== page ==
Dudley’s air quality has improved dramatically since the 1950s when ‘clean air’ legislation was introduced to prevent air pollution episodes created by heavy industry and from the burning of coal. However, air pollution is still an issue today and poor air quality can affect health and everyday quality of life.
Nowadays the main sources of pollution in Dudley are emissions from road transport (including lorries, buses and cars). Petrol and diesel motor vehicles emit a wide variety of pollutants, principally carbon monoxide (CO), oxides of nitrogen (NOx), volatile organic compounds (VOCs) and particulates (PM10), which have an increasing impact on urban air quality. High levels of pollution tend to be associated with busy main roads and junctions.
Under the Clean Air Act 1993, it is an offence to cause or permit emissions of 'dark smoke' from industrial or trade premises (includes building & demolition). Burning can be deemed to have taken place (without witnessing a bonfire) if the materials that have been burnt on the premises are likely to give rise to dark smoke, e.g. cable, paint, etc. Cable burning is also a specific offence unless authorised.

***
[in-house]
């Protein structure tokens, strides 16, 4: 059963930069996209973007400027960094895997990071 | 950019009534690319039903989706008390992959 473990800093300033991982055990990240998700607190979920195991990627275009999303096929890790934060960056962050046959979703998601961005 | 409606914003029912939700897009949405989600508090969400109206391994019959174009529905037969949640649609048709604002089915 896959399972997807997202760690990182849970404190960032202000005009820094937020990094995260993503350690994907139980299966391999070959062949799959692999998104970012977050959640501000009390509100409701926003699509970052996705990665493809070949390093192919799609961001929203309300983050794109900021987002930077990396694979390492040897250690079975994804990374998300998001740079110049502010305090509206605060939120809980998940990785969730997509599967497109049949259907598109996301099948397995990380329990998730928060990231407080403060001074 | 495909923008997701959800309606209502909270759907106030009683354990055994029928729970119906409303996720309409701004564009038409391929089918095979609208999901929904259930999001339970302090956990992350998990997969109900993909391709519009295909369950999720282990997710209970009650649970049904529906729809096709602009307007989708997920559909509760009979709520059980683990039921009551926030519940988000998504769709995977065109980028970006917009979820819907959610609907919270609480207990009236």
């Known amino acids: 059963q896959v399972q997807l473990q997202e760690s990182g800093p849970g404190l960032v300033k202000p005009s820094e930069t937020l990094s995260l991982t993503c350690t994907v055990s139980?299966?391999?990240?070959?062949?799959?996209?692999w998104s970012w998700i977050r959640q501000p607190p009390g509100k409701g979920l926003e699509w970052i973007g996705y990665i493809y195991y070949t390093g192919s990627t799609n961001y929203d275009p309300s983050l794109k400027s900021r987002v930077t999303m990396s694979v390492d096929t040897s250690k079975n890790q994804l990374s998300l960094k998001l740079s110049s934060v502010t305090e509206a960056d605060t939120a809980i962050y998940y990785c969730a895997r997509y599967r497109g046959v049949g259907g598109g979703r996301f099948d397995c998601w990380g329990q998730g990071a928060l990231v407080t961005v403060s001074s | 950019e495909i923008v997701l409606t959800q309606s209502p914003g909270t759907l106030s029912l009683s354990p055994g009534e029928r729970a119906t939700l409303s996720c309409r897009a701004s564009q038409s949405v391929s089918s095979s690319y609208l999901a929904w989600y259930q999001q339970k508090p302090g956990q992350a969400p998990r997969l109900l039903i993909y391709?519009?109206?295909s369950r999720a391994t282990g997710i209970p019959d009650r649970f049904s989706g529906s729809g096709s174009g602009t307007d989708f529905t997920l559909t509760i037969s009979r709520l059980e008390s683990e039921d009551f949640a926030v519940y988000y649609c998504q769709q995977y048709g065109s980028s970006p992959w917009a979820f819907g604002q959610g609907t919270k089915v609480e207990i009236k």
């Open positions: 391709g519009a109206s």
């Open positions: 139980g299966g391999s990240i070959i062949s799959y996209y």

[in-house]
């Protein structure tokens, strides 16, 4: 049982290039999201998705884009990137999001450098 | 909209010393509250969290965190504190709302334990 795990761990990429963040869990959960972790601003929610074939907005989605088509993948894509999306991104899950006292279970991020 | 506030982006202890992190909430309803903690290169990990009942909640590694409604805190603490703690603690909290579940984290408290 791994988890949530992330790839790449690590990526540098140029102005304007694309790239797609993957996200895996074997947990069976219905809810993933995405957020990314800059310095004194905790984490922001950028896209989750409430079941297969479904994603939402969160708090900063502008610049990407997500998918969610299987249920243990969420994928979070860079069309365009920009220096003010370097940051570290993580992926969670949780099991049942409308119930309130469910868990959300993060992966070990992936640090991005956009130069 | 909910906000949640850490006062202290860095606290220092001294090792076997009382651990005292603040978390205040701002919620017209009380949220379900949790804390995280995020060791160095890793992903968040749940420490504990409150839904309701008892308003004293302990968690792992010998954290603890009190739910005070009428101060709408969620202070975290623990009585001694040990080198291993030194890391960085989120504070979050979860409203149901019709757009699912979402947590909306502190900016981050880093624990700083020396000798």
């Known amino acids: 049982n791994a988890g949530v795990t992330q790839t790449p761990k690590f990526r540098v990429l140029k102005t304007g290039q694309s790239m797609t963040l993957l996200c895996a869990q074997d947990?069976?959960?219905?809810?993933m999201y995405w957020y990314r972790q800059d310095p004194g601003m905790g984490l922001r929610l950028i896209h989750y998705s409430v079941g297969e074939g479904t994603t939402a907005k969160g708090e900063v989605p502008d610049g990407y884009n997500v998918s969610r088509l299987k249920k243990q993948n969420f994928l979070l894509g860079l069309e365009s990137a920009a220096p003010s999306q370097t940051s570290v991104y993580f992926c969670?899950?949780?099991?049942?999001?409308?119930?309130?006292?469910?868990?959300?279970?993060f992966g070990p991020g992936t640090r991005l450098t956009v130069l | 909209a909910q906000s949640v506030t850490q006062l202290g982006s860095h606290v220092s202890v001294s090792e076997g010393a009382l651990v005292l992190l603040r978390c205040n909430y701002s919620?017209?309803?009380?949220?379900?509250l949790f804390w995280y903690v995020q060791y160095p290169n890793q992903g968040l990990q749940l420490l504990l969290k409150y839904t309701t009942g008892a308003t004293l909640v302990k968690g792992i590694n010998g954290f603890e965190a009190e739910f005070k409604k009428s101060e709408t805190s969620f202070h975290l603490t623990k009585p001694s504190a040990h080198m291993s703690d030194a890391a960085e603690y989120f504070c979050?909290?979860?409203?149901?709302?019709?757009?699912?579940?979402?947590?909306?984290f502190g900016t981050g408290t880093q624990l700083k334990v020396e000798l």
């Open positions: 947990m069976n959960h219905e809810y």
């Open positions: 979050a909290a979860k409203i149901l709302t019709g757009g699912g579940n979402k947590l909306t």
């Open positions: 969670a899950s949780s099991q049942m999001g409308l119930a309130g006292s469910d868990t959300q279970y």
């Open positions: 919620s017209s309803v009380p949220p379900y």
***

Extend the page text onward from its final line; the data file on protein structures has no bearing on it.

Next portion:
The Clean Air Act 1993 also enables local authorities to declare any part of their district as a Smoke Control Area.
New Funding to Encourage Plug-In Car Use (UK)
The plug-in car grant scheme began in 2011, it has been revised several times since. In the budget announcement of March 2020 zero-emission cars (fully electric cars, not including hybrid vehicles) priced below £50,000 will be eligible to receive a grant of up to £3,000. Small vans could receive a grant of up to £8,000, large vans and trucks up to £20,000, taxis up to £7,500 and motorbikes up to £1,500. The rates of the plug-in vehicle grants are subject to change overtime depending on how the markets develop.
Review and Assessment
Since 1997 local authorities in the UK have been carrying out Air Quality Review And Assessment of air quality in their area. The aim of the review is to make sure that the national air quality objectives will be achieved. If a local authority finds any locations where the objectives are not likely to be achieved, it must declare an Air Quality Management Area (AQMA).